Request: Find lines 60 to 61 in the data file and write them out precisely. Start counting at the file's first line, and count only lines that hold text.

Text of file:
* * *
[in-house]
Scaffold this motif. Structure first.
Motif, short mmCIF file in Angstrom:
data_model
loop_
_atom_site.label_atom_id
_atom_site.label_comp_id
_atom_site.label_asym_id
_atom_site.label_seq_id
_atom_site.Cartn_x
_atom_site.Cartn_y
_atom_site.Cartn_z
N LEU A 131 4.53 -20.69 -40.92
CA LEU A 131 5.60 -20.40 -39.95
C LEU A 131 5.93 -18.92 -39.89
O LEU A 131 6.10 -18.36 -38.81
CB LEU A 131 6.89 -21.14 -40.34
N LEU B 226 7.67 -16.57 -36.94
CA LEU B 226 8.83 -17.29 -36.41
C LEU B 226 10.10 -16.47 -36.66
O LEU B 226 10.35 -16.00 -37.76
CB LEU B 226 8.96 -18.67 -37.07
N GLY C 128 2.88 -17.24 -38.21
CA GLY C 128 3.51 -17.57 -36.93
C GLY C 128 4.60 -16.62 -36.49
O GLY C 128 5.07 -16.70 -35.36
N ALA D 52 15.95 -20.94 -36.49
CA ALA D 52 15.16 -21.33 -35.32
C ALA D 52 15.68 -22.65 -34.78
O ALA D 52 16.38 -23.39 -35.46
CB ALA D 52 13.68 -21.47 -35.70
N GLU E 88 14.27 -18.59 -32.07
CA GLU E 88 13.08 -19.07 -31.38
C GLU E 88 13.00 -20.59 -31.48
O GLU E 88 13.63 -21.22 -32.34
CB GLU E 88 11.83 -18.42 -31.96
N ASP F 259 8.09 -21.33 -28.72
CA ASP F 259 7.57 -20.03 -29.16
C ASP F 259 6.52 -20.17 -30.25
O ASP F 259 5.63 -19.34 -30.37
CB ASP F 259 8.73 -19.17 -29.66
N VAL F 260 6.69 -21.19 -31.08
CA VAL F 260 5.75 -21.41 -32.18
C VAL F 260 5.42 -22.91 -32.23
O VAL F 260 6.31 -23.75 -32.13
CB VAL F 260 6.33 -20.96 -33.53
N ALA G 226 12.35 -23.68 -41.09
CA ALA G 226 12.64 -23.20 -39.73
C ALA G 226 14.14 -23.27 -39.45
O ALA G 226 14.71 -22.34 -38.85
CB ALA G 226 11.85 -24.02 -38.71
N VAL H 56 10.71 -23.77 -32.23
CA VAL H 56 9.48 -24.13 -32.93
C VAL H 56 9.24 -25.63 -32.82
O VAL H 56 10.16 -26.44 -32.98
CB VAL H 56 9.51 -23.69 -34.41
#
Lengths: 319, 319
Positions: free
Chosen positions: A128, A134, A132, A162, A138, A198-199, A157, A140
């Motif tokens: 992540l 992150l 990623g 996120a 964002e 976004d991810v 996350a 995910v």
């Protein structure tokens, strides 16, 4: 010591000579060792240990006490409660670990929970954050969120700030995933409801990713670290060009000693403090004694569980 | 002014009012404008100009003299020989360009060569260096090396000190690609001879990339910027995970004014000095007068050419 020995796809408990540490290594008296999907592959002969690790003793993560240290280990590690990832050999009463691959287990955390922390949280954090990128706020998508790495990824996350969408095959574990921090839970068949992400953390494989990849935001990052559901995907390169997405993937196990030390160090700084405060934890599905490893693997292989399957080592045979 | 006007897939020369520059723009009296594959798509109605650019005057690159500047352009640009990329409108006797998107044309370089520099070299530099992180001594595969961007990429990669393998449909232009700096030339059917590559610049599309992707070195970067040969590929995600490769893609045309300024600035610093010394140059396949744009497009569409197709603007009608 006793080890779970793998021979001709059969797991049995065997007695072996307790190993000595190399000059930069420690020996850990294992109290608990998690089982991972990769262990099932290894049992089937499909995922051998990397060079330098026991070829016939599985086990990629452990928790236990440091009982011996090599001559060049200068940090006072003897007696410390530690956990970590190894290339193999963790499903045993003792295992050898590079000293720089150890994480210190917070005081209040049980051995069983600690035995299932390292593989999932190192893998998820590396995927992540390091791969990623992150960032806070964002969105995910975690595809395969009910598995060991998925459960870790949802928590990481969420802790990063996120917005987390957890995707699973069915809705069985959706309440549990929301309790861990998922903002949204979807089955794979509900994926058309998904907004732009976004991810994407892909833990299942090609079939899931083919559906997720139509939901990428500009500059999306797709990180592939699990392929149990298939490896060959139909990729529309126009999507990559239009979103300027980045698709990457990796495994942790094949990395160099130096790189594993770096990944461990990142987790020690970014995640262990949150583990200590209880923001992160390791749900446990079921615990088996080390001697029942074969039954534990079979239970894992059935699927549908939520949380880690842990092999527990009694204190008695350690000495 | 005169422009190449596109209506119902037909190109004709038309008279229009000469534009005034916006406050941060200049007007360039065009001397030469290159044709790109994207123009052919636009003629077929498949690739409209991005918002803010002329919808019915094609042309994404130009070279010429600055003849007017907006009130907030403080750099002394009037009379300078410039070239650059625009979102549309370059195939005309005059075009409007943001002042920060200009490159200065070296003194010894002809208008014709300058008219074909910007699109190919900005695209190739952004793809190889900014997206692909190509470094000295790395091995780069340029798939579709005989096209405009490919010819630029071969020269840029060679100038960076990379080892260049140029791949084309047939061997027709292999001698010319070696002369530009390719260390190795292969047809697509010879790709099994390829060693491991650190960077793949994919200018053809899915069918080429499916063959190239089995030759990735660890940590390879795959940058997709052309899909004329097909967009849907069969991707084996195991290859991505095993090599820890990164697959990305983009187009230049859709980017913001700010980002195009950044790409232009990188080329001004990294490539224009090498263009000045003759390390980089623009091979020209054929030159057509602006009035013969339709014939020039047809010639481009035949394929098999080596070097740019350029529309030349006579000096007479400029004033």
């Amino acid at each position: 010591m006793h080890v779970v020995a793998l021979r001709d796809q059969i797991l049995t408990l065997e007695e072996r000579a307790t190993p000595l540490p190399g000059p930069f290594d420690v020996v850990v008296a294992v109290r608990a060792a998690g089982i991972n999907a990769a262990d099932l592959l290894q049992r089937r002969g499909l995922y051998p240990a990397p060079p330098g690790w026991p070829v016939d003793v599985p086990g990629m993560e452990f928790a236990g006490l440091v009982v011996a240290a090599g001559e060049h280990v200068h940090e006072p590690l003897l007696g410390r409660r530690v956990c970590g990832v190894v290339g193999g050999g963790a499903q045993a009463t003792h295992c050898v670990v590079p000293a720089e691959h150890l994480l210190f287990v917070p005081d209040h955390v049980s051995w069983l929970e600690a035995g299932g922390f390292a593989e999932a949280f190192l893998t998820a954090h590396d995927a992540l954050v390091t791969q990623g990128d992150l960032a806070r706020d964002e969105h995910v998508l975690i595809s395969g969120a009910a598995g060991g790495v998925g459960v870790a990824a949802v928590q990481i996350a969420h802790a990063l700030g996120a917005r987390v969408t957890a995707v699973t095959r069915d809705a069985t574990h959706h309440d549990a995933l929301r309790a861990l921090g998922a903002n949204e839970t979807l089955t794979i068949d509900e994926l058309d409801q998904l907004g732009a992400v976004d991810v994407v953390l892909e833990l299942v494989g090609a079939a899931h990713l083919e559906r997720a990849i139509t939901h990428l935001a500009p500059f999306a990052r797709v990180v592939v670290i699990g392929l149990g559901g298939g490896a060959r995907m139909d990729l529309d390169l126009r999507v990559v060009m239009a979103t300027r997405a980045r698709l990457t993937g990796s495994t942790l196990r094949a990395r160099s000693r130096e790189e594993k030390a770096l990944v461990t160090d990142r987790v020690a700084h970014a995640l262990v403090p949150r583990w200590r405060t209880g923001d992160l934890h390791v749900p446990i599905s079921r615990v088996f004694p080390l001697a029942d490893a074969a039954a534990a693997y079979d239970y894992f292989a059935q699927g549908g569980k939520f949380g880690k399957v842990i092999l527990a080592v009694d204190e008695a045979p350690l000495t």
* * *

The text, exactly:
Chosen positions: A128, A134, A132, A162, A138, A198-199, A157, A140
């Motif tokens: 992540l 992150l 990623g 996120a 964002e 976004d991810v 996350a 995910v």